Many of these princes still think of bin Laden as a larger-than-life hero who defeated the mighty Soviet Union and gave the world’s only superpower its biggest blow since Pearl Harbor. Even Prince Naef, one of the Sudeiri Seven (sons of King Abdul Aziz, also known as Ibn Saud, the founder of the dynasty, and the same mother), has said publicly that bin Laden was not involved in 9/11. Israel’s intelligence service, the Mossad, did it, he said, regurgitating an old chestnut first peddled by a former head of Pakistan’s Inter-Services Intelligence agency, Hamid Gul, who is also a fundamentalist extremist.

…Crown Prince Abdullah, who is de facto ruler due to the king’s long illness, and most of his royal and non-royal Cabinet colleagues are firmly opposed to bin Laden and his evil terrorist enterprise. They know they are first on al-Qaeda’s hit list.

But Abdullah doesn’t speak for 24,000 royals. He doesn’t even speak for Prince Naef bin Abdul Aziz, the interior minister who gives bin Laden a pass on 9/11. And who, as one of the seven Sudeiri brothers, is in line to inherit the throne. After Abdullah, Defense Minister Prince Sultan is next in line. Prince Salman, the popular governor of Riyadh, has made clear he will jump Naef when the time comes.”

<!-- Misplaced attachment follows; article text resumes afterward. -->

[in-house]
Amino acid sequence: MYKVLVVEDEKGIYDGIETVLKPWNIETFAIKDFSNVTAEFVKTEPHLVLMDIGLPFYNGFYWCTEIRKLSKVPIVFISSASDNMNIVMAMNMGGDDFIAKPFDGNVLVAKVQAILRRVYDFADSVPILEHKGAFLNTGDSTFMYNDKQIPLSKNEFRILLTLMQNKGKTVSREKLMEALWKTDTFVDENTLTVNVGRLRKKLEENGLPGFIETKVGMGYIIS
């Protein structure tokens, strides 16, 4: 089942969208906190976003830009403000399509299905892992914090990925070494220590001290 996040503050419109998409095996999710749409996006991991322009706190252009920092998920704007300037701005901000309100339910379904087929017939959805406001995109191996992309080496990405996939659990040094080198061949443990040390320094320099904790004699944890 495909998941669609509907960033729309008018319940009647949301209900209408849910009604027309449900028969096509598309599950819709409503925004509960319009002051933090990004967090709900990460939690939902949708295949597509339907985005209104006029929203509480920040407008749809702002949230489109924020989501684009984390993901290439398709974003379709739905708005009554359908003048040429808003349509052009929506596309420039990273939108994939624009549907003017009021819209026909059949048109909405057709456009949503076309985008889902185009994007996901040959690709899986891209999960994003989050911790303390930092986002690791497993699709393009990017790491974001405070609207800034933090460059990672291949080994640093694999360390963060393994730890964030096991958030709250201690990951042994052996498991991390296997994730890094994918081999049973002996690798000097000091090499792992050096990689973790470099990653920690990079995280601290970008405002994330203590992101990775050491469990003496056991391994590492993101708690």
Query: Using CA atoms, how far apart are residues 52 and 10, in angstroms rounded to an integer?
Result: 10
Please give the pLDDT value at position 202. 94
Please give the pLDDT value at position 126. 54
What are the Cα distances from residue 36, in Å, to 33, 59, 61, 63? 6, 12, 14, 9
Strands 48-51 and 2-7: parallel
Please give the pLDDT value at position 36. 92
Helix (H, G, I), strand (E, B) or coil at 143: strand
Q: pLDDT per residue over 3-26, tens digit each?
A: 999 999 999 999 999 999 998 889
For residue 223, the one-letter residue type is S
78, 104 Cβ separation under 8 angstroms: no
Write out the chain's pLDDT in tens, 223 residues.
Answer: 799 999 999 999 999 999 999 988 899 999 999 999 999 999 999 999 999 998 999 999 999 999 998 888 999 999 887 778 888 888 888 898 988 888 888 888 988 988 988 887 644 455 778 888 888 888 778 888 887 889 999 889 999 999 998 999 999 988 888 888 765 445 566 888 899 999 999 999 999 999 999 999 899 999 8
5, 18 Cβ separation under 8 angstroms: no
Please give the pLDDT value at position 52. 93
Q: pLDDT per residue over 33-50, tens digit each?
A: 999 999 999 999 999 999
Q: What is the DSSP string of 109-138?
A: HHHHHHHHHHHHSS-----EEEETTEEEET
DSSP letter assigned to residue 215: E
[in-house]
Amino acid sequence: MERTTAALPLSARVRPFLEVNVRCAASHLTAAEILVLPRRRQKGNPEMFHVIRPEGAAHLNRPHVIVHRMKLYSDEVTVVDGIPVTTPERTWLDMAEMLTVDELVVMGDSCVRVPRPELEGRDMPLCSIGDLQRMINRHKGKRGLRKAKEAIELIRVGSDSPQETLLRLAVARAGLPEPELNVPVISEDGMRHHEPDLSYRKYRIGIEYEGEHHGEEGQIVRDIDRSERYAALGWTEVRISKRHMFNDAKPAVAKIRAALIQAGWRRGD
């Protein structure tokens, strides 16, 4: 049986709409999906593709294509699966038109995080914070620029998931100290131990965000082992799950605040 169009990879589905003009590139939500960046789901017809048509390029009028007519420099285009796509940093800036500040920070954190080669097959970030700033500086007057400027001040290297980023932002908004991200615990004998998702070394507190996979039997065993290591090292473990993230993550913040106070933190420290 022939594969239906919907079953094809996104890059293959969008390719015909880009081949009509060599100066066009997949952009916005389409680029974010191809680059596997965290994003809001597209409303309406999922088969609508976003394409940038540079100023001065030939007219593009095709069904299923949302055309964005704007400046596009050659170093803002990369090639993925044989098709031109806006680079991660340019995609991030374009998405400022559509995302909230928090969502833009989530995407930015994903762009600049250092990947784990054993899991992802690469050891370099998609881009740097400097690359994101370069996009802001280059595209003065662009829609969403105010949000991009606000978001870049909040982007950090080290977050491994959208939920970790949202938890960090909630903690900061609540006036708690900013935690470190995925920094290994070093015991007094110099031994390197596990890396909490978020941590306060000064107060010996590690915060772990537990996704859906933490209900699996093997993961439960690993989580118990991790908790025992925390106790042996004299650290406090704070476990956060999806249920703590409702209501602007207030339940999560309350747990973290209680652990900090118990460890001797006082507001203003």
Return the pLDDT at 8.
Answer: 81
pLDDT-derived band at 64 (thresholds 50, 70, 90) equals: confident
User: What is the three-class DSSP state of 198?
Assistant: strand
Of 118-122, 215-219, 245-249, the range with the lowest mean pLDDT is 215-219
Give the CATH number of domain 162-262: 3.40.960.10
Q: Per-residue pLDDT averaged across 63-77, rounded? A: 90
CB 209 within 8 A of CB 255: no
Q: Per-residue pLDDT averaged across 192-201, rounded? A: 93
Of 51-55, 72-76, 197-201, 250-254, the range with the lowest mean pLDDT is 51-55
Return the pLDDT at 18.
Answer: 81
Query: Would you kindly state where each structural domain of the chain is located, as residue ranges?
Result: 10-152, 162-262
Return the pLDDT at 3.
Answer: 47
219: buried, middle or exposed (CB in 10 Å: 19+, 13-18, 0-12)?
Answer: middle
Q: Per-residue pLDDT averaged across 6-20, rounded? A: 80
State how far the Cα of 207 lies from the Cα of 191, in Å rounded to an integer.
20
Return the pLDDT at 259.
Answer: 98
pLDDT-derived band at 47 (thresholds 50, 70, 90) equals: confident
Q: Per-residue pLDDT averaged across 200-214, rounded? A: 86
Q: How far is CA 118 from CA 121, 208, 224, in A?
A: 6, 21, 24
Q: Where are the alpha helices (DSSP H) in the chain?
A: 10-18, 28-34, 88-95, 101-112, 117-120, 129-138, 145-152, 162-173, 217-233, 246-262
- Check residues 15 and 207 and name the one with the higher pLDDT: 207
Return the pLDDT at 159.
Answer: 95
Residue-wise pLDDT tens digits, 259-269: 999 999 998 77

— Paul Wellstone’s replacement, Norm Coleman, is challenging the RIAA…

“The recording industry’s wave of subpoenas that target individual computer users has drawn the critical attention of at least one influential lawmaker on Capitol Hill. Sen. Norm Coleman, R-Minn., who chairs the Senate Permanent Subcommittee on Investigations, sent a letter to the Recording Industry Association of America (RIAA) on Thursday that criticized its recent spate of subpoenas and asked for detailed information on how the process is working. Coleman said the RIAA may be going too far.

“The industry has legitimate concerns about copyright infringement,” Coleman said in a statement. “Yet, the industry seems to have adopted a ‘shotgun’ approach that could potentially cause injury and harm to innocent people who may have simply been victims of circumstance, or possessing a lack of knowledge of the rules related to digital sharing of files.”

There are a lot of people in the United States who share files. In fact, estimates I’ve seen put the number of file traders in the United States at between 40-70 million people, most of whom don’t think they’re doing anything wrong. In my opinion, no politician with brains should want to get their names associated with any sort of heavy handed RIAA lawsuits or felony charges against these people. Furthermore, I believe this could actually be a valuable campaign issue for any politician who wants to grab it, especially on the national level. All they’d have to do is just what Coleman is doing, fight against the RIAA’s heavy-handed methods and boom, 40+ million potential voters are now appreciative of their efforts. Besides, the idea that a company should be able to file subpoenas or that someone should be charged with a felony for downloading a MP3 is pure insanity to begin with. Why shouldn’t politicians, especially Republican politicians who want to win elections (hint, hint guys) say so?